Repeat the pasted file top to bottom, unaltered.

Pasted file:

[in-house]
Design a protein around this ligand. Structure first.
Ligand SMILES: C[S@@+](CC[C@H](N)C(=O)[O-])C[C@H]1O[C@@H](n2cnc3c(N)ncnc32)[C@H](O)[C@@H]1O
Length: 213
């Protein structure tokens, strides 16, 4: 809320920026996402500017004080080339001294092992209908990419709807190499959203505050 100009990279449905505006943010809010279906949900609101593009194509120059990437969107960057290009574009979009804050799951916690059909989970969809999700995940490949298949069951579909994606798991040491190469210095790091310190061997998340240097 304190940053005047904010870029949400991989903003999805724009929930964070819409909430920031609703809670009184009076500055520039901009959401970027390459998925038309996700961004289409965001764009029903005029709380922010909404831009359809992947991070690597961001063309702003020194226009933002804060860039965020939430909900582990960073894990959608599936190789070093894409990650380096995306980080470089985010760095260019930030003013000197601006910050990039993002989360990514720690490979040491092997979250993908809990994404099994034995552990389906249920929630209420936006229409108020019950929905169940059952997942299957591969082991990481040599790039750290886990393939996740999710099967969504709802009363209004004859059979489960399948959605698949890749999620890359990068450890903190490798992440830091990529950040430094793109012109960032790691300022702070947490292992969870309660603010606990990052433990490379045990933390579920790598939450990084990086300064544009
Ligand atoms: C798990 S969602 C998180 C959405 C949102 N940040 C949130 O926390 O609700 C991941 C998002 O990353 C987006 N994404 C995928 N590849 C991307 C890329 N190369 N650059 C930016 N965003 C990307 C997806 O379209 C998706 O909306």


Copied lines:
[in-house]
Design a protein around this ligand. Structure first.
Ligand SMILES: C[S@@+](CC[C@H](N)C(=O)[O-])C[C@H]1O[C@@H](n2cnc3c(N)ncnc32)[C@H](O)[C@@H]1O
Length: 213
């Protein structure tokens, strides 16, 4: 809320920026996402500017004080080339001294092992209908990419709807190499959203505050 100009990279449905505006943010809010279906949900609101593009194509120059990437969107960057290009574009979009804050799951916690059909989970969809999700995940490949298949069951579909994606798991040491190469210095790091310190061997998340240097 304190940053005047904010870029949400991989903003999805724009929930964070819409909430920031609703809670009184009076500055520039901009959401970027390459998925038309996700961004289409965001764009029903005029709380922010909404831009359809992947991070690597961001063309702003020194226009933002804060860039965020939430909900582990960073894990959608599936190789070093894409990650380096995306980080470089985010760095260019930030003013000197601006910050990039993002989360990514720690490979040491092997979250993908809990994404099994034995552990389906249920929630209420936006229409108020019950929905169940059952997942299957591969082991990481040599790039750290886990393939996740999710099967969504709802009363209004004859059979489960399948959605698949890749999620890359990068450890903190490798992440830091990529950040430094793109012109960032790691300022702070947490292992969870309660603010606990990052433990490379045990933390579920790598939450990084990086300064544009
Ligand atoms: C798990 S969602 C998180 C959405 C949102 N940040 C949130 O926390 O609700 C991941 C998002 O990353 C987006 N994404 C995928 N590849 C991307 C890329 N190369 N650059 C930016 N965003 C990307 C997806 O379209 C998706 O909306």